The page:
As the month-long review conference on the Nuclear Non-Proliferation Treaty (NPT) continued into its second week, a coalition of some 50 faith-based organisations (FBOs), anti-nuclear peace activists and civil society organisations (CSOs) was assigned an unenviable task: a brief three-minute presentation warning the world of the disastrous humanitarian consequences of a nuclear attack.
From the end of April, the Nuclear Non-Proliferation Treaty (NPT) Review Conference will be held in New York. In this year that marks the seventieth anniversary of the atomic bombings of Hiroshima and Nagasaki, I add my voice to those urging substantial commitments and real progress toward the realisation of a world without nuclear weapons.
“Never was there a greater need than now for all the religions to combine, to pull their wisdom and to give the benefit of that combined, huge repository of wisdom to international law and to the world.”
Ahead of the Dec. 8-9 Vienna Conference on the Humanitarian Impact of Nuclear Weapons, activists from all over the world came together in the Austrian capital to participate in a civil society forum organised by the International Campaign to Abolish Nuclear Weapons (ICAN) on Dec. 6 and 7.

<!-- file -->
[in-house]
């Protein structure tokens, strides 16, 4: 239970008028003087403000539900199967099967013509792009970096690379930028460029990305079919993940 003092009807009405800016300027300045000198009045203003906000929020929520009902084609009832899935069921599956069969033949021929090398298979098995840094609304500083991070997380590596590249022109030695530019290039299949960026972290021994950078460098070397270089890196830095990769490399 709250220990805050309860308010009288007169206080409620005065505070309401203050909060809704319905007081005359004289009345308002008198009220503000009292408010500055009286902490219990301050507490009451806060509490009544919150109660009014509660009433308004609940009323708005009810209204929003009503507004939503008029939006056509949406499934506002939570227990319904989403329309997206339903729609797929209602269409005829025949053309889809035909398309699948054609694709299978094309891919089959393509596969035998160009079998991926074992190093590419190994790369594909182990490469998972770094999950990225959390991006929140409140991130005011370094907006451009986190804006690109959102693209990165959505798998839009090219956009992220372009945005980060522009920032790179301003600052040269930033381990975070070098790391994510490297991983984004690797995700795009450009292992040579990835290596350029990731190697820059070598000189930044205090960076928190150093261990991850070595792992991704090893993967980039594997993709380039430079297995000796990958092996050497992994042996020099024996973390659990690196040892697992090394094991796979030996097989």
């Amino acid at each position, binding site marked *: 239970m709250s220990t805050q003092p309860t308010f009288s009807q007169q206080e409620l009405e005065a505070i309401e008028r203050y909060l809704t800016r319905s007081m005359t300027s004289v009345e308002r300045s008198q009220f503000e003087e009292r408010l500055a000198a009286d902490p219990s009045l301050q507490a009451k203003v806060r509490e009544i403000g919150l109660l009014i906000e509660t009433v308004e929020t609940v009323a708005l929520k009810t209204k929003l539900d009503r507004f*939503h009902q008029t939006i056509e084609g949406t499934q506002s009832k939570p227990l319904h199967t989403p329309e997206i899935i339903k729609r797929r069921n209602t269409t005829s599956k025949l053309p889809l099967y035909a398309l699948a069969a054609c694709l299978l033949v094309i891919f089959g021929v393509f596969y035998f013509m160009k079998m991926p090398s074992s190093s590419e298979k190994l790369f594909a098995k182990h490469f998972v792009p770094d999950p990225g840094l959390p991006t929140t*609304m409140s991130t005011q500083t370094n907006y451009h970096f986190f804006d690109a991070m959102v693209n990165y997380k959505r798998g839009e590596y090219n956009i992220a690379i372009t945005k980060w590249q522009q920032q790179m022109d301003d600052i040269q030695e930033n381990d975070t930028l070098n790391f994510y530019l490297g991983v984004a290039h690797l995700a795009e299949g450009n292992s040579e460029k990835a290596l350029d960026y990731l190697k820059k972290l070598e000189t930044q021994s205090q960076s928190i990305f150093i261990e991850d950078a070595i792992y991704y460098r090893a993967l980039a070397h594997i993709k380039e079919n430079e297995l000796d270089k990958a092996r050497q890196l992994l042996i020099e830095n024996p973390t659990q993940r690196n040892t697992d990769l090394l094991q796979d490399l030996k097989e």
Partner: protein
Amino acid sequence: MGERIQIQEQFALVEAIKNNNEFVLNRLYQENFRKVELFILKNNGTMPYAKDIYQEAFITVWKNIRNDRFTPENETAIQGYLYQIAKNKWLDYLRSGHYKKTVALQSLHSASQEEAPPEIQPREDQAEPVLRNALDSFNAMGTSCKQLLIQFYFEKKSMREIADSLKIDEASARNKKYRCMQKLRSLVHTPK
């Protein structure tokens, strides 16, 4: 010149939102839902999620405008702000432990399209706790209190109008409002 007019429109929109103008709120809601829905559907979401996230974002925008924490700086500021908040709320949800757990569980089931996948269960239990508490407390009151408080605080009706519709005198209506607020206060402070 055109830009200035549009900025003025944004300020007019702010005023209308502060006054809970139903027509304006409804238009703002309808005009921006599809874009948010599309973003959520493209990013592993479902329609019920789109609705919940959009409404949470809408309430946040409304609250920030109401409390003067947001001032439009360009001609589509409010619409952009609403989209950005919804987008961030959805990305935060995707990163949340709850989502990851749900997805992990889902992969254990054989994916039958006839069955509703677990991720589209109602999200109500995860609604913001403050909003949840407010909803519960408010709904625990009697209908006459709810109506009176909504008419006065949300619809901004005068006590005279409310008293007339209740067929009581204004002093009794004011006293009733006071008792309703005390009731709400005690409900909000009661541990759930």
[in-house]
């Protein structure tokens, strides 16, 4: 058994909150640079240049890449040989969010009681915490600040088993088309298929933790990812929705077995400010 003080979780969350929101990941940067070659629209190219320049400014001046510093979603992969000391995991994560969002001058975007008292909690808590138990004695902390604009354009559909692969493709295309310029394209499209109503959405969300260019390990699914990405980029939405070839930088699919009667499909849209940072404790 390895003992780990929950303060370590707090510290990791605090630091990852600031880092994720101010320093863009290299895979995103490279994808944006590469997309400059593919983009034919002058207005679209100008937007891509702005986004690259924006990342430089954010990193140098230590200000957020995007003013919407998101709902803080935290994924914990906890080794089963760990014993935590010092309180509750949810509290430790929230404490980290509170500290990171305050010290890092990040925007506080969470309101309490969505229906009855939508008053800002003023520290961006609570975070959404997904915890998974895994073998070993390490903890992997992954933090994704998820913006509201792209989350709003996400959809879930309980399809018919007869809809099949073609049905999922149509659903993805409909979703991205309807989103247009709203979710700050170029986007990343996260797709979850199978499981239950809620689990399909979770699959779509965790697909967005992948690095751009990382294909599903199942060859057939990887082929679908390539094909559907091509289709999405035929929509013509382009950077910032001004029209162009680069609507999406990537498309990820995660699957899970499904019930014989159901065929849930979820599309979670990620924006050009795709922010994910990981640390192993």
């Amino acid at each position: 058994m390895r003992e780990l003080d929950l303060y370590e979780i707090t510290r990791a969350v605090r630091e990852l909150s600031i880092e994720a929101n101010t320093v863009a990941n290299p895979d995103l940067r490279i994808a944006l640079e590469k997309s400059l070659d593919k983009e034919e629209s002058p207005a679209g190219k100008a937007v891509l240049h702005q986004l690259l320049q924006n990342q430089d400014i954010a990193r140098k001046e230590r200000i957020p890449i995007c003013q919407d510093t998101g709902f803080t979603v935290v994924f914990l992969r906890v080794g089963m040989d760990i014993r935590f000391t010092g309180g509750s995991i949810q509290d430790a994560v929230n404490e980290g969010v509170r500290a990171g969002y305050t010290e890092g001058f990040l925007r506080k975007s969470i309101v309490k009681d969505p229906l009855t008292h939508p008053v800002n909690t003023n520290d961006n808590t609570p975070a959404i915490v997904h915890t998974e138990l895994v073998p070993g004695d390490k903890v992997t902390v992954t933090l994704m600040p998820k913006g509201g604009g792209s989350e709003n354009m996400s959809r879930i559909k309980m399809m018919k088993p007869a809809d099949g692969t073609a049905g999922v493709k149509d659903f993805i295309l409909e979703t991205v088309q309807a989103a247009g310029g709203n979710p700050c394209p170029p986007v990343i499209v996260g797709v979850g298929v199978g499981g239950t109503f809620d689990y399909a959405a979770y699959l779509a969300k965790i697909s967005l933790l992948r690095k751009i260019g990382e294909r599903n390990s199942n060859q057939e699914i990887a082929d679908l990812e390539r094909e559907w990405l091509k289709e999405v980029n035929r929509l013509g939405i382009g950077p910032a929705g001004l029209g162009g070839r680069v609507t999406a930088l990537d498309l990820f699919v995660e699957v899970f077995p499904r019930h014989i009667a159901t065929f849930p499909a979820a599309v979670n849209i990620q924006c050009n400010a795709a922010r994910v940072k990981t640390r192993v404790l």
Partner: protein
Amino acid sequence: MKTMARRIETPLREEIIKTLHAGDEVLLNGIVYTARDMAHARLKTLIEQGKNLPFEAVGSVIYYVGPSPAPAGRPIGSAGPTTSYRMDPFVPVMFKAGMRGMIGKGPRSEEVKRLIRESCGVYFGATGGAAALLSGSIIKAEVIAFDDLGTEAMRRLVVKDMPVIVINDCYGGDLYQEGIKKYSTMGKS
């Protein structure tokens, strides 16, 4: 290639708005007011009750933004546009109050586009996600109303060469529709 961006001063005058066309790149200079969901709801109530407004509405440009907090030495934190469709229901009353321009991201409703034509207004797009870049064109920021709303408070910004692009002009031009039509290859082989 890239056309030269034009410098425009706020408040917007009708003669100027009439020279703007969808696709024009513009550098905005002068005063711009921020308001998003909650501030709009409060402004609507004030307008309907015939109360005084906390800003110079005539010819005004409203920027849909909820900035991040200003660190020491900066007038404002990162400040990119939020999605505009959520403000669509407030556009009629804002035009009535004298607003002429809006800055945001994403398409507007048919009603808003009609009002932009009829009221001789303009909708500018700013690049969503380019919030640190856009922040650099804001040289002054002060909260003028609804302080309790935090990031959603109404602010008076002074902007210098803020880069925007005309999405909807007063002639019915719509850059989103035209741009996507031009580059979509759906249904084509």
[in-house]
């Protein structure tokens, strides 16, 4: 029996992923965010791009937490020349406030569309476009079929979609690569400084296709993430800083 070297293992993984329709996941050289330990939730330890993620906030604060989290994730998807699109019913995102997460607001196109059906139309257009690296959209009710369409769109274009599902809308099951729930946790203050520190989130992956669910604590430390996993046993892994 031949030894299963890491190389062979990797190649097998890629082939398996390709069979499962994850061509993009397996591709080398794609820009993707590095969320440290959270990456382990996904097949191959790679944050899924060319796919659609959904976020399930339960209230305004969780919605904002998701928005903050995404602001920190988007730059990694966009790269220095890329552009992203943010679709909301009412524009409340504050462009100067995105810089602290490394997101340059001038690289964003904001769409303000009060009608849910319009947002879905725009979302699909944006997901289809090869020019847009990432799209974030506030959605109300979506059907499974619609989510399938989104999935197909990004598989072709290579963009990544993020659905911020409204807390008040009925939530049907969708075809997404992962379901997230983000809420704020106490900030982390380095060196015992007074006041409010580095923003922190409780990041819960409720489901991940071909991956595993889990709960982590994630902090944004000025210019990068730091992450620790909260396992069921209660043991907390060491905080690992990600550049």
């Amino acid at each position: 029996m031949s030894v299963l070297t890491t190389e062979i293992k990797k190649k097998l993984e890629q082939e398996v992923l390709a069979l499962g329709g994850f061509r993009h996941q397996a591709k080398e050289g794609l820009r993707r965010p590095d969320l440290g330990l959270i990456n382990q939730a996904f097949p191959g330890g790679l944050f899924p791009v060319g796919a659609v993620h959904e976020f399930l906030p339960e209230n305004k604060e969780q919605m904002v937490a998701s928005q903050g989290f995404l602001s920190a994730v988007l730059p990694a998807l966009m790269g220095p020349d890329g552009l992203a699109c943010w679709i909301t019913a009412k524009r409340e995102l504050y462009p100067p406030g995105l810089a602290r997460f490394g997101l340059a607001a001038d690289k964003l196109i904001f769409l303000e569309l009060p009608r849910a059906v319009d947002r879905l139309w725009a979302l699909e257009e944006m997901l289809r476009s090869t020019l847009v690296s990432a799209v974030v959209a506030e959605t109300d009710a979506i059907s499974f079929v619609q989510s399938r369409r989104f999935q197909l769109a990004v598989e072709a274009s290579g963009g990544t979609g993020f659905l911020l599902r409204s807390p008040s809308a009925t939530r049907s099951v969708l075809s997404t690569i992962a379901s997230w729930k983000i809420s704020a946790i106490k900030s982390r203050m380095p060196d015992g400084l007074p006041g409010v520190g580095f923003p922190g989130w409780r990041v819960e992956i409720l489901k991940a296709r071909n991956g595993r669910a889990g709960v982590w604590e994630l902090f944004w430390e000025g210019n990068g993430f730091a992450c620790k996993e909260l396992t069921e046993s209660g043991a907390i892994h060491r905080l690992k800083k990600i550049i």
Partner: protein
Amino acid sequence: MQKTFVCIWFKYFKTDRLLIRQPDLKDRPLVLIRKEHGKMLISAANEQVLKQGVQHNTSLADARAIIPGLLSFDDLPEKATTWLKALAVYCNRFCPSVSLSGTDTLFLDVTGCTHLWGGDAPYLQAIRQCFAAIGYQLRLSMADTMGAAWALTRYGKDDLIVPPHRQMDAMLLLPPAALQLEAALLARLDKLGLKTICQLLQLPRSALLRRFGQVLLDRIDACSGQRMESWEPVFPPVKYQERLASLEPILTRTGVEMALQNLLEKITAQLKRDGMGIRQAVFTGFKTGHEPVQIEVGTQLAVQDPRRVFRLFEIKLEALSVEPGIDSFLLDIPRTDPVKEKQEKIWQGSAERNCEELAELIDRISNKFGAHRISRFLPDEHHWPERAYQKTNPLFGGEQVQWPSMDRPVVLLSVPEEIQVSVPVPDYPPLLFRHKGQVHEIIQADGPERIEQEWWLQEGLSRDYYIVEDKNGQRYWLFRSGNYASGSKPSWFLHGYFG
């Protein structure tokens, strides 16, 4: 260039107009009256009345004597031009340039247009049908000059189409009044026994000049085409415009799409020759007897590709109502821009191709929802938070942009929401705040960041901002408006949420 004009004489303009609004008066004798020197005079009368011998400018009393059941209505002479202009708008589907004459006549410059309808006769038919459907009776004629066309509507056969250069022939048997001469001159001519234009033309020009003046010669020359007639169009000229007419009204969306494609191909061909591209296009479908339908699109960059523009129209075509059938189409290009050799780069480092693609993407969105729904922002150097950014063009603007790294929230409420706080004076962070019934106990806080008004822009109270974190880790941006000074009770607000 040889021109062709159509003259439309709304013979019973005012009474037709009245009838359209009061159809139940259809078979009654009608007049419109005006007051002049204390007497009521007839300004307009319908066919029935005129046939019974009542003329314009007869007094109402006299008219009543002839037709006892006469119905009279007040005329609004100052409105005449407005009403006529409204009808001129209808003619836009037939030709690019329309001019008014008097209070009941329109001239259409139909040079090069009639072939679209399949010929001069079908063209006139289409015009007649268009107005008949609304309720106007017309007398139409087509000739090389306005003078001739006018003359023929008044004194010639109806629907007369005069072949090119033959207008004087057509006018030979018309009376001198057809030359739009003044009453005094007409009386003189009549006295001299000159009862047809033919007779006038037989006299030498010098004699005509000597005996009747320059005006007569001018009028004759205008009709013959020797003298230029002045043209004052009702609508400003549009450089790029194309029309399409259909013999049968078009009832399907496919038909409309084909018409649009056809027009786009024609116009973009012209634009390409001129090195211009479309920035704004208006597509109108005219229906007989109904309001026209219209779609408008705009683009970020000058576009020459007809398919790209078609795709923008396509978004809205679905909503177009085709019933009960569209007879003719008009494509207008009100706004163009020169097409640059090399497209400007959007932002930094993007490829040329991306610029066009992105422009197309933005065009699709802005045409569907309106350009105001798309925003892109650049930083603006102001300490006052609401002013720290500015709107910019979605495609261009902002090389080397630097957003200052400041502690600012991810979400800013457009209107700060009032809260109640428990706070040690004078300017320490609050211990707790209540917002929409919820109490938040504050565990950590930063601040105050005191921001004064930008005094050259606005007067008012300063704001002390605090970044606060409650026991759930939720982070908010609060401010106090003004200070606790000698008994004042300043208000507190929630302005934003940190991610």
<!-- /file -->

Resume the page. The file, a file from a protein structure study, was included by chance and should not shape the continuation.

When Secretary-General Ban Ki-moon was at Harvard University early this week to pick up the 'Humanitarian of the Year' award, his thoughts transcended the city of Cambridge, Massachusetts, to the Austrian capital of Vienna which will be the venue of a key international conference on nuclear weapons next week.
As politics, economies, conflicts and cultures become increasingly intertwined, will individual identities also begin to transcend national boundaries?
Has organised civil society, bound up in internal bureaucracy, in slow, tired processes and donor accountability, become simply another layer of a global system that perpetuates injustice and inequality?
Jayantha Dhanapala, a former U.N. under-secretary-general for disarmament affairs (1998-2003) and a relentless advocate for a world free of nuclear weapons, will be the recipient of the 2014 International Achievement Award for Nuclear Disarmament sponsored by Inter Press Service (IPS) news agency.
Amid escalating conflicts and rampant violations of human rights all over the world, spreading “human rights education” is not an easy task. But a non-governmental organisation from Japan is beginning to make an impact through its “global citizenship education” approach.